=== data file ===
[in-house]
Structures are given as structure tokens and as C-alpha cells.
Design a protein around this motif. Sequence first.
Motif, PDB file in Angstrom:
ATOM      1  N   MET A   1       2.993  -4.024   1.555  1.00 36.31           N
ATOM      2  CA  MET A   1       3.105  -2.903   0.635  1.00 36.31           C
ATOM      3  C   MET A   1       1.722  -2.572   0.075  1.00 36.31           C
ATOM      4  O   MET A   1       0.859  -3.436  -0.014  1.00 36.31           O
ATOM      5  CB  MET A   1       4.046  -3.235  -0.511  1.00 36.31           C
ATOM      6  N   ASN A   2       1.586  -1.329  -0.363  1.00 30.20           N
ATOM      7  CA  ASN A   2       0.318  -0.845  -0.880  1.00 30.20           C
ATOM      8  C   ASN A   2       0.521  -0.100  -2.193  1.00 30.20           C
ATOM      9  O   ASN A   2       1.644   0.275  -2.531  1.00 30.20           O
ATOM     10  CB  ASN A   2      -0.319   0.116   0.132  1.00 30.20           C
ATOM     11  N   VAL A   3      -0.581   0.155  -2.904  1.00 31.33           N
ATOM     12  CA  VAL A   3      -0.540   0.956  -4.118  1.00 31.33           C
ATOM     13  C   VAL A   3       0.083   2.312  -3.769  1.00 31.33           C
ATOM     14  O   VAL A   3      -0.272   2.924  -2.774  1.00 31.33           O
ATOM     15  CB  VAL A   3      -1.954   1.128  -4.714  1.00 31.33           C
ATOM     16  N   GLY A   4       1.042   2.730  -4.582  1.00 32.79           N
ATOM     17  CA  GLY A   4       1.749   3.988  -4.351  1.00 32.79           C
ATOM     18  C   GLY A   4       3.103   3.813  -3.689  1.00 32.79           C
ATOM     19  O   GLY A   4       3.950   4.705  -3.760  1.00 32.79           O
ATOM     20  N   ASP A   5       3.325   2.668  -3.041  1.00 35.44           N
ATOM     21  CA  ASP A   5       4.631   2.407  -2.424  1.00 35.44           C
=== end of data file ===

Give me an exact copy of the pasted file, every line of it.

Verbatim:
[in-house]
Structures are given as structure tokens and as C-alpha cells.
Design a protein around this motif. Sequence first.
Motif, PDB file in Angstrom:
ATOM      1  N   MET A   1       2.993  -4.024   1.555  1.00 36.31           N
ATOM      2  CA  MET A   1       3.105  -2.903   0.635  1.00 36.31           C
ATOM      3  C   MET A   1       1.722  -2.572   0.075  1.00 36.31           C
ATOM      4  O   MET A   1       0.859  -3.436  -0.014  1.00 36.31           O
ATOM      5  CB  MET A   1       4.046  -3.235  -0.511  1.00 36.31           C
ATOM      6  N   ASN A   2       1.586  -1.329  -0.363  1.00 30.20           N
ATOM      7  CA  ASN A   2       0.318  -0.845  -0.880  1.00 30.20           C
ATOM      8  C   ASN A   2       0.521  -0.100  -2.193  1.00 30.20           C
ATOM      9  O   ASN A   2       1.644   0.275  -2.531  1.00 30.20           O
ATOM     10  CB  ASN A   2      -0.319   0.116   0.132  1.00 30.20           C
ATOM     11  N   VAL A   3      -0.581   0.155  -2.904  1.00 31.33           N
ATOM     12  CA  VAL A   3      -0.540   0.956  -4.118  1.00 31.33           C
ATOM     13  C   VAL A   3       0.083   2.312  -3.769  1.00 31.33           C
ATOM     14  O   VAL A   3      -0.272   2.924  -2.774  1.00 31.33           O
ATOM     15  CB  VAL A   3      -1.954   1.128  -4.714  1.00 31.33           C
ATOM     16  N   GLY A   4       1.042   2.730  -4.582  1.00 32.79           N
ATOM     17  CA  GLY A   4       1.749   3.988  -4.351  1.00 32.79           C
ATOM     18  C   GLY A   4       3.103   3.813  -3.689  1.00 32.79           C
ATOM     19  O   GLY A   4       3.950   4.705  -3.760  1.00 32.79           O
ATOM     20  N   ASP A   5       3.325   2.668  -3.041  1.00 35.44           N
ATOM     21  CA  ASP A   5       4.631   2.407  -2.424  1.00 35.44           C